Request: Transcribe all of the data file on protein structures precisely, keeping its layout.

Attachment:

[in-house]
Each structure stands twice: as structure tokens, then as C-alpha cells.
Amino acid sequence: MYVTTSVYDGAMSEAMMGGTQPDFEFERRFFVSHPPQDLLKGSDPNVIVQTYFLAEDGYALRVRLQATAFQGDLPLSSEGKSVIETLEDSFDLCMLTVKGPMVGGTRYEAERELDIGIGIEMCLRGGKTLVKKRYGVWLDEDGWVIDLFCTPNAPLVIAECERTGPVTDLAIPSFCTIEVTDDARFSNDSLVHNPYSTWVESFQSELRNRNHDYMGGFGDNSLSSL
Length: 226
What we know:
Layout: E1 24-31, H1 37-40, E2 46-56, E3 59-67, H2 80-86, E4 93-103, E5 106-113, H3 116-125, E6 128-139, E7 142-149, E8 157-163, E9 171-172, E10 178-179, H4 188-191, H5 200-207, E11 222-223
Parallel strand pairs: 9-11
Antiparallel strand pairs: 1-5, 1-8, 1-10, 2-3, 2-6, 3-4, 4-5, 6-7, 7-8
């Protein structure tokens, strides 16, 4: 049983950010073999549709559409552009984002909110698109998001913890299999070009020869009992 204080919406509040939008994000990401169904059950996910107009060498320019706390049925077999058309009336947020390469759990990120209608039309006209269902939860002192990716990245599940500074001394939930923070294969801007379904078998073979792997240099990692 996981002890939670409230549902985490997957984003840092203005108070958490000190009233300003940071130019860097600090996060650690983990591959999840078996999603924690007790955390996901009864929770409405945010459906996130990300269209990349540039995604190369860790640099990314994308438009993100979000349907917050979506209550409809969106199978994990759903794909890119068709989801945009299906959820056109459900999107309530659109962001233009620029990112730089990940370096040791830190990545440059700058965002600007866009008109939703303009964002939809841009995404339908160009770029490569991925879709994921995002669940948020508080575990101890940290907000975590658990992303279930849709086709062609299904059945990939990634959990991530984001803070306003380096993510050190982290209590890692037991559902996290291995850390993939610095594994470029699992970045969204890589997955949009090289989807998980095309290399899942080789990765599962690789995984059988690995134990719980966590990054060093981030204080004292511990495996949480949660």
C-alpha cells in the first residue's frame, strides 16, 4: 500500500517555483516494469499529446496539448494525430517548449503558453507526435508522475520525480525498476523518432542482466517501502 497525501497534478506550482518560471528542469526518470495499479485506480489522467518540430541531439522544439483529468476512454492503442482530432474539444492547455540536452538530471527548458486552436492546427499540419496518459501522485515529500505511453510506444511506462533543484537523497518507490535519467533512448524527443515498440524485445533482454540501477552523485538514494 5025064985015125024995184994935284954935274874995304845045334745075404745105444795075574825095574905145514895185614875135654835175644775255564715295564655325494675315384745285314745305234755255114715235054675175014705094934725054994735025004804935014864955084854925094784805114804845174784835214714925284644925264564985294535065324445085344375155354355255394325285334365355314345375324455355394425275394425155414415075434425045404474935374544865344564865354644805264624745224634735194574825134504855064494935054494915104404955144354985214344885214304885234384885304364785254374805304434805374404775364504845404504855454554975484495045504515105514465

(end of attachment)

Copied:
[in-house]
Each structure stands twice: as structure tokens, then as C-alpha cells.
Amino acid sequence: MYVTTSVYDGAMSEAMMGGTQPDFEFERRFFVSHPPQDLLKGSDPNVIVQTYFLAEDGYALRVRLQATAFQGDLPLSSEGKSVIETLEDSFDLCMLTVKGPMVGGTRYEAERELDIGIGIEMCLRGGKTLVKKRYGVWLDEDGWVIDLFCTPNAPLVIAECERTGPVTDLAIPSFCTIEVTDDARFSNDSLVHNPYSTWVESFQSELRNRNHDYMGGFGDNSLSSL
Length: 226
What we know:
Layout: E1 24-31, H1 37-40, E2 46-56, E3 59-67, H2 80-86, E4 93-103, E5 106-113, H3 116-125, E6 128-139, E7 142-149, E8 157-163, E9 171-172, E10 178-179, H4 188-191, H5 200-207, E11 222-223
Parallel strand pairs: 9-11
Antiparallel strand pairs: 1-5, 1-8, 1-10, 2-3, 2-6, 3-4, 4-5, 6-7, 7-8
């Protein structure tokens, strides 16, 4: 049983950010073999549709559409552009984002909110698109998001913890299999070009020869009992 204080919406509040939008994000990401169904059950996910107009060498320019706390049925077999058309009336947020390469759990990120209608039309006209269902939860002192990716990245599940500074001394939930923070294969801007379904078998073979792997240099990692 996981002890939670409230549902985490997957984003840092203005108070958490000190009233300003940071130019860097600090996060650690983990591959999840078996999603924690007790955390996901009864929770409405945010459906996130990300269209990349540039995604190369860790640099990314994308438009993100979000349907917050979506209550409809969106199978994990759903794909890119068709989801945009299906959820056109459900999107309530659109962001233009620029990112730089990940370096040791830190990545440059700058965002600007866009008109939703303009964002939809841009995404339908160009770029490569991925879709994921995002669940948020508080575990101890940290907000975590658990992303279930849709086709062609299904059945990939990634959990991530984001803070306003380096993510050190982290209590890692037991559902996290291995850390993939610095594994470029699992970045969204890589997955949009090289989807998980095309290399899942080789990765599962690789995984059988690995134990719980966590990054060093981030204080004292511990495996949480949660």
C-alpha cells in the first residue's frame, strides 16, 4: 500500500517555483516494469499529446496539448494525430517548449503558453507526435508522475520525480525498476523518432542482466517501502 497525501497534478506550482518560471528542469526518470495499479485506480489522467518540430541531439522544439483529468476512454492503442482530432474539444492547455540536452538530471527548458486552436492546427499540419496518459501522485515529500505511453510506444511506462533543484537523497518507490535519467533512448524527443515498440524485445533482454540501477552523485538514494 5025064985015125024995184994935284954935274874995304845045334745075404745105444795075574825095574905145514895185614875135654835175644775255564715295564655325494675315384745285314745305234755255114715235054675175014705094934725054994735025004804935014864955084854925094784805114804845174784835214714925284644925264564985294535065324445085344375155354355255394325285334365355314345375324455355394425275394425155414415075434425045404474935374544865344564865354644805264624745224634735194574825134504855064494935054494915104404955144354985214344885214304885234384885304364785254374805304434805374404775364504845404504855454554975484495045504515105514465